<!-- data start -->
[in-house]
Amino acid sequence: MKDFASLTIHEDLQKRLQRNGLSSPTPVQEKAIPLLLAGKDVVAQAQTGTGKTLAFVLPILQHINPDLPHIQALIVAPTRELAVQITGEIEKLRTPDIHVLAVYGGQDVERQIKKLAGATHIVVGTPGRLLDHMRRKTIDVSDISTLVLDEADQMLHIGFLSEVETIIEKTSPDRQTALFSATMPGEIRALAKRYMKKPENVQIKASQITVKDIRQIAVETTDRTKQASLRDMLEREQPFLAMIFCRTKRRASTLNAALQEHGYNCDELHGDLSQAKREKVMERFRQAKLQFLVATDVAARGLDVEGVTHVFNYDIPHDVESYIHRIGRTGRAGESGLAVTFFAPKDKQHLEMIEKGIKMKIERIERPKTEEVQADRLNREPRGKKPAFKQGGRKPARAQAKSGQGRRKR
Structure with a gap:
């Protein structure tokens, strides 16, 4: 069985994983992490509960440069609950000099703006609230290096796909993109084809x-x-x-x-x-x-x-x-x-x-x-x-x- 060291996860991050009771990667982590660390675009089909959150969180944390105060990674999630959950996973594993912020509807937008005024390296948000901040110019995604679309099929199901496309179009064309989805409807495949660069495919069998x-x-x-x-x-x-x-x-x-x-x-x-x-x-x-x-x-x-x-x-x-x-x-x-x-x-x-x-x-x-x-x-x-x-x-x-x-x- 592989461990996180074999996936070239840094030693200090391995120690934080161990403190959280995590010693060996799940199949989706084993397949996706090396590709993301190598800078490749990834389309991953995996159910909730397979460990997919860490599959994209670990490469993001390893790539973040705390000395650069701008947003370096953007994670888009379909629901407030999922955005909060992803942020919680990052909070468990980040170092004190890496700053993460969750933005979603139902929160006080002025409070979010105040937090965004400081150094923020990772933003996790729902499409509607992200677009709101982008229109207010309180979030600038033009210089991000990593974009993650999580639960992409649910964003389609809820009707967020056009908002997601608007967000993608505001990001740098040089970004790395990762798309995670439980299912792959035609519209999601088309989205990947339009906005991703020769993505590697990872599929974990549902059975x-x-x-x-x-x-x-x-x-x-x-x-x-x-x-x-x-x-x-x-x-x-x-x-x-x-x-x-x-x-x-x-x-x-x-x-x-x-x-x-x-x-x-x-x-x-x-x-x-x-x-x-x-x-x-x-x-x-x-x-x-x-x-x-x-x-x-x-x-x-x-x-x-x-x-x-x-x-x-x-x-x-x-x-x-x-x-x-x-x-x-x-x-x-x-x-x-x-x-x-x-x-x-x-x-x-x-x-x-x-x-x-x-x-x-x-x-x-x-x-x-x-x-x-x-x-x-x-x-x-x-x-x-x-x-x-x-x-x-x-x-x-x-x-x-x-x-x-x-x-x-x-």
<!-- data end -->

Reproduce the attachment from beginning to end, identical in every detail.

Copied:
[in-house]
Amino acid sequence: MKDFASLTIHEDLQKRLQRNGLSSPTPVQEKAIPLLLAGKDVVAQAQTGTGKTLAFVLPILQHINPDLPHIQALIVAPTRELAVQITGEIEKLRTPDIHVLAVYGGQDVERQIKKLAGATHIVVGTPGRLLDHMRRKTIDVSDISTLVLDEADQMLHIGFLSEVETIIEKTSPDRQTALFSATMPGEIRALAKRYMKKPENVQIKASQITVKDIRQIAVETTDRTKQASLRDMLEREQPFLAMIFCRTKRRASTLNAALQEHGYNCDELHGDLSQAKREKVMERFRQAKLQFLVATDVAARGLDVEGVTHVFNYDIPHDVESYIHRIGRTGRAGESGLAVTFFAPKDKQHLEMIEKGIKMKIERIERPKTEEVQADRLNREPRGKKPAFKQGGRKPARAQAKSGQGRRKR
Structure with a gap:
């Protein structure tokens, strides 16, 4: 069985994983992490509960440069609950000099703006609230290096796909993109084809x-x-x-x-x-x-x-x-x-x-x-x-x- 060291996860991050009771990667982590660390675009089909959150969180944390105060990674999630959950996973594993912020509807937008005024390296948000901040110019995604679309099929199901496309179009064309989805409807495949660069495919069998x-x-x-x-x-x-x-x-x-x-x-x-x-x-x-x-x-x-x-x-x-x-x-x-x-x-x-x-x-x-x-x-x-x-x-x-x-x- 592989461990996180074999996936070239840094030693200090391995120690934080161990403190959280995590010693060996799940199949989706084993397949996706090396590709993301190598800078490749990834389309991953995996159910909730397979460990997919860490599959994209670990490469993001390893790539973040705390000395650069701008947003370096953007994670888009379909629901407030999922955005909060992803942020919680990052909070468990980040170092004190890496700053993460969750933005979603139902929160006080002025409070979010105040937090965004400081150094923020990772933003996790729902499409509607992200677009709101982008229109207010309180979030600038033009210089991000990593974009993650999580639960992409649910964003389609809820009707967020056009908002997601608007967000993608505001990001740098040089970004790395990762798309995670439980299912792959035609519209999601088309989205990947339009906005991703020769993505590697990872599929974990549902059975x-x-x-x-x-x-x-x-x-x-x-x-x-x-x-x-x-x-x-x-x-x-x-x-x-x-x-x-x-x-x-x-x-x-x-x-x-x-x-x-x-x-x-x-x-x-x-x-x-x-x-x-x-x-x-x-x-x-x-x-x-x-x-x-x-x-x-x-x-x-x-x-x-x-x-x-x-x-x-x-x-x-x-x-x-x-x-x-x-x-x-x-x-x-x-x-x-x-x-x-x-x-x-x-x-x-x-x-x-x-x-x-x-x-x-x-x-x-x-x-x-x-x-x-x-x-x-x-x-x-x-x-x-x-x-x-x-x-x-x-x-x-x-x-x-x-x-x-x-x-x-x-």